3. Test the "new" file on the PC side to see if things transfer OK. I don't think there will be many issues unless the document uses a few specialty features or the correct font is not on the Mac. The font issue is easy to resolve.

EDIT: Also suggest to her that she investigate a program called Malware Bytes for the PC. It's good at removing most malware, easy to run, and might save a few trips to Best Buy. Don't download it from anywhere other than the developer's site. The free version is sufficient for most people's needs.

TattooedMac
03-07-2015, 08:16 PM
Hmmm, I wonder if they're using some interesting functions/features of Word that are really specific (and not available in the Mac version which doesn't have feature parity). Just as an experiment, have you tried the 2016 preview?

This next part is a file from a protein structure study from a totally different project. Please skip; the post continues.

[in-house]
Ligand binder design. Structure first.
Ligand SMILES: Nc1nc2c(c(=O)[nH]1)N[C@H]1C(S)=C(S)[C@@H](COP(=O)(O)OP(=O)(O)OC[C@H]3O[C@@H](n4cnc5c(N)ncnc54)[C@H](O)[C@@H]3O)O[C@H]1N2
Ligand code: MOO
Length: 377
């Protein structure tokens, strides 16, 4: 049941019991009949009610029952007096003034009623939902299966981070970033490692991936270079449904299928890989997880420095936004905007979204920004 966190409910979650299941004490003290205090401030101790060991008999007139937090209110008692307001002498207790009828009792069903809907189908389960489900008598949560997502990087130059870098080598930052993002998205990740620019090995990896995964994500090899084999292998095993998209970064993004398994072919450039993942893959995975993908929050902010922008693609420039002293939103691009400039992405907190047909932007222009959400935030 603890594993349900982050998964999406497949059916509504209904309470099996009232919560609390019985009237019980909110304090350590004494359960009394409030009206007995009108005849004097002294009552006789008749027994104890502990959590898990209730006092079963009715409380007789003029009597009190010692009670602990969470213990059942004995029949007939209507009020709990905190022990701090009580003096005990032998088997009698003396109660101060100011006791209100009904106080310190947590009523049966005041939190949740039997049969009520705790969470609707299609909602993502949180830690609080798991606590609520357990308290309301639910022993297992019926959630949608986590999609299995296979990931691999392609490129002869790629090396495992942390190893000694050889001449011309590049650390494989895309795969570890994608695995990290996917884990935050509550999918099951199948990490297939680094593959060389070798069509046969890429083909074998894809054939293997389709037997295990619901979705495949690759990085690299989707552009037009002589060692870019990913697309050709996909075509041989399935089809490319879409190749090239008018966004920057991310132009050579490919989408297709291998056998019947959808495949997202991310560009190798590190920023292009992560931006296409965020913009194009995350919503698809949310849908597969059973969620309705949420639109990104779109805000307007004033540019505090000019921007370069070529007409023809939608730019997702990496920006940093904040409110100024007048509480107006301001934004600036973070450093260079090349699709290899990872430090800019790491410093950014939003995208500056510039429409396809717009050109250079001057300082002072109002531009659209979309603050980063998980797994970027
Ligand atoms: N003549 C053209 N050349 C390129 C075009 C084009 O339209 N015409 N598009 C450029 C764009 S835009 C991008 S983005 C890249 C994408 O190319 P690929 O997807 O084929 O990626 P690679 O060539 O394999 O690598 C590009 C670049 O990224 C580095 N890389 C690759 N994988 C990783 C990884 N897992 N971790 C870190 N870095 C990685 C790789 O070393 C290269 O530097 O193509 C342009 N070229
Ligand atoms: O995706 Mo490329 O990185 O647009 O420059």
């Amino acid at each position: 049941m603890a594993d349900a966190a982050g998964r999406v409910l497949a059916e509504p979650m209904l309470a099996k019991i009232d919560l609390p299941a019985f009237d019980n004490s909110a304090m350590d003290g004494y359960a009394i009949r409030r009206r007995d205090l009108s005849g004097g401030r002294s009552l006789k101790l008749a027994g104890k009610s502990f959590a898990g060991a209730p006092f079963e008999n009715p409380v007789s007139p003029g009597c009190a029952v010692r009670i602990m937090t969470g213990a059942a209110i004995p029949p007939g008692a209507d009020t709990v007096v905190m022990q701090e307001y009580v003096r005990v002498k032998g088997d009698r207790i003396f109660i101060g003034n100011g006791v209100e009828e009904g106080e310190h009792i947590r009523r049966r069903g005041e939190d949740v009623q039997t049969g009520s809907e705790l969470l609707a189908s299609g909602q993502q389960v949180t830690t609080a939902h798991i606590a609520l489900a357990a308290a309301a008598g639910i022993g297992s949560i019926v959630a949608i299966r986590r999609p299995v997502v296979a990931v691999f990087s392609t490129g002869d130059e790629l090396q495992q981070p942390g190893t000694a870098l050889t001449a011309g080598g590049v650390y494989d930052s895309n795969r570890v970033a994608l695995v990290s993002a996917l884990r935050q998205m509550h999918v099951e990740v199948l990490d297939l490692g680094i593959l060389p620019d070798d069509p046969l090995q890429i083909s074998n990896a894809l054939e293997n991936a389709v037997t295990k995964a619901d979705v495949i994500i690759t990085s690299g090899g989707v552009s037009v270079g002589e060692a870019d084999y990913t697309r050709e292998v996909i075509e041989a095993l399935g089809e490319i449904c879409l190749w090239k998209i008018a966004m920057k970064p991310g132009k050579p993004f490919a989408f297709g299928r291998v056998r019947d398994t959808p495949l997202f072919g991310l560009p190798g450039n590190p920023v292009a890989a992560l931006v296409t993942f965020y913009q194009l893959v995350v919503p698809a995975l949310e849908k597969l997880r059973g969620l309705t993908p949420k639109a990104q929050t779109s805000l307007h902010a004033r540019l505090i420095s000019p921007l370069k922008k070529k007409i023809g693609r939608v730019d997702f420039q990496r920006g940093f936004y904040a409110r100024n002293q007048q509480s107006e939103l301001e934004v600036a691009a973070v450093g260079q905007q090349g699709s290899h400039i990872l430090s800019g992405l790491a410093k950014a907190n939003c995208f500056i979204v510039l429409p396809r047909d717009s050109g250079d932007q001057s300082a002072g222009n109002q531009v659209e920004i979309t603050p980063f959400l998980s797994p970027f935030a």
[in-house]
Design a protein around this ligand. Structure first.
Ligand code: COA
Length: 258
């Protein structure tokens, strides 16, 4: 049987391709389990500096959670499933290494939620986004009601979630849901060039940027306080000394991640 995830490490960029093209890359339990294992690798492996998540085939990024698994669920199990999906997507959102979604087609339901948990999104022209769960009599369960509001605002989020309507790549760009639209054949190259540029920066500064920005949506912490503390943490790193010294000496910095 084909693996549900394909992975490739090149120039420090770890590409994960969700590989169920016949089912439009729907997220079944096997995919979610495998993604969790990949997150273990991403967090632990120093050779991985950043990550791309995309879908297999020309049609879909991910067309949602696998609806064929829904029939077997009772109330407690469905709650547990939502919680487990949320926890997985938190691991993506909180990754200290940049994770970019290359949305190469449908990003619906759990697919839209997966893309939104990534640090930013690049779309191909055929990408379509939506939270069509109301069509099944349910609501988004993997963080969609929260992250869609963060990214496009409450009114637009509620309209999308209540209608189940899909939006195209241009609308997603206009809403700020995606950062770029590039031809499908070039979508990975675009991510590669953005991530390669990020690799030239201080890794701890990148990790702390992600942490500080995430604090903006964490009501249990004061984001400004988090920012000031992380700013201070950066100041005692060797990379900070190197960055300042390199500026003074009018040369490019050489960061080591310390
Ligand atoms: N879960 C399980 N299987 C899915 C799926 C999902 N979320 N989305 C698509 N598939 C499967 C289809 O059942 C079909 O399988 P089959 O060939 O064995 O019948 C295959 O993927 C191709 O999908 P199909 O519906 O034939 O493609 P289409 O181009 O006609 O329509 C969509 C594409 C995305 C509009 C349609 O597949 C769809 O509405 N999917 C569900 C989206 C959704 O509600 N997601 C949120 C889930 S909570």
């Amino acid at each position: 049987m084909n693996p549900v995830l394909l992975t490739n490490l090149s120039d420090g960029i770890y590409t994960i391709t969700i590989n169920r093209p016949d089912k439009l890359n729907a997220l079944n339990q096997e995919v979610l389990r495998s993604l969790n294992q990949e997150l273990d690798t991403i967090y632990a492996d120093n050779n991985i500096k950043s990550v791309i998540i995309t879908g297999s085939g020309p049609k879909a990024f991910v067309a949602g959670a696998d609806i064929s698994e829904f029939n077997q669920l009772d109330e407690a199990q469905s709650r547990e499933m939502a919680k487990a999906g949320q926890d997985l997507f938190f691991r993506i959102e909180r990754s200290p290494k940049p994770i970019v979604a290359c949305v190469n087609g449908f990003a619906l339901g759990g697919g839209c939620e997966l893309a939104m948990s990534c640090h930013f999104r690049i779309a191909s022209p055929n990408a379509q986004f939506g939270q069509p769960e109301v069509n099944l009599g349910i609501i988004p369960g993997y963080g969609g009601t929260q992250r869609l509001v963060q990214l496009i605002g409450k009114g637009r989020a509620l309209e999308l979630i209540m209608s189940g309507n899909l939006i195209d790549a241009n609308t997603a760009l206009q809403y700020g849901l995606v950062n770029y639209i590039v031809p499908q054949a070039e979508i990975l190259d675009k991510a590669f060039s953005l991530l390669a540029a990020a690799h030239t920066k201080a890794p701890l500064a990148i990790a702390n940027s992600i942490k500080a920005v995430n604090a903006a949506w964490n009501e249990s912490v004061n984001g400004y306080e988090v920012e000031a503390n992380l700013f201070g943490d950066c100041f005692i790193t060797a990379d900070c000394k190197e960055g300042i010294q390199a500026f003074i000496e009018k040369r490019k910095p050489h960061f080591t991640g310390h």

The simple answer here, if this works, is to ask for a PDF and digitally sign it.

Considering its only been available for 3 days, no ;) Im downloading it now, and going to open the same documents and see what happens.

The biggest thing I loose on the Doc's are the Comment Boxes they have added, and a line or two of the above question (if I loose the box formation) and check boxes. It really isn't pretty one the whole document is printed out, as everything move up to take the place of the missing elements. . . . Will be back with 2016 answer.

vansmith
03-07-2015, 09:15 PM
Also make note of the font being used on the PC side.. Sometimes differences in document formatting can be resolved by simply making sure the same font is being used.Unless the users is using a non-standard font (maybe 1% of users), I'm not sure if this is the issue. It might very well be but even then, formatting differences shouldn't be drastic.

From the sounds of it, this end user either thinks Office doesn't exist or holds this idea that it just doesn't work anywhere near as well.